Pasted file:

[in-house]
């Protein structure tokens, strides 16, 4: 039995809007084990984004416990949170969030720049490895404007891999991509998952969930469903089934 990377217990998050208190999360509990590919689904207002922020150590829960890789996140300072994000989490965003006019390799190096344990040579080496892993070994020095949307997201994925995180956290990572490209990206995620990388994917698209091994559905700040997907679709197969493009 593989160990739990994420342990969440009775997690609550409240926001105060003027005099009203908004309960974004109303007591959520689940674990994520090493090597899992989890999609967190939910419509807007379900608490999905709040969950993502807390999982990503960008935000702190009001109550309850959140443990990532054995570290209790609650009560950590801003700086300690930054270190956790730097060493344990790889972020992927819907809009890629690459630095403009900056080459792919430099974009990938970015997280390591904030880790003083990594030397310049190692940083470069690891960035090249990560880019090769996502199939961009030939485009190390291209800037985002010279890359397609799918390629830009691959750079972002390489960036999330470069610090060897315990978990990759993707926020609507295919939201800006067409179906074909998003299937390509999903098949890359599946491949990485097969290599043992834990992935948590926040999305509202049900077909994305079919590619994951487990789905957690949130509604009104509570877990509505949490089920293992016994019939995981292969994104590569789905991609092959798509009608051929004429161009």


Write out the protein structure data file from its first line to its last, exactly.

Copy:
[in-house]
């Protein structure tokens, strides 16, 4: 039995809007084990984004416990949170969030720049490895404007891999991509998952969930469903089934 990377217990998050208190999360509990590919689904207002922020150590829960890789996140300072994000989490965003006019390799190096344990040579080496892993070994020095949307997201994925995180956290990572490209990206995620990388994917698209091994559905700040997907679709197969493009 593989160990739990994420342990969440009775997690609550409240926001105060003027005099009203908004309960974004109303007591959520689940674990994520090493090597899992989890999609967190939910419509807007379900608490999905709040969950993502807390999982990503960008935000702190009001109550309850959140443990990532054995570290209790609650009560950590801003700086300690930054270190956790730097060493344990790889972020992927819907809009890629690459630095403009900056080459792919430099974009990938970015997280390591904030880790003083990594030397310049190692940083470069690891960035090249990560880019090769996502199939961009030939485009190390291209800037985002010279890359397609799918390629830009691959750079972002390489960036999330470069610090060897315990978990990759993707926020609507295919939201800006067409179906074909998003299937390509999903098949890359599946491949990485097969290599043992834990992935948590926040999305509202049900077909994305079919590619994951487990789905957690949130509604009104509570877990509505949490089920293992016994019939995981292969994104590569789905991609092959798509009608051929004429161009």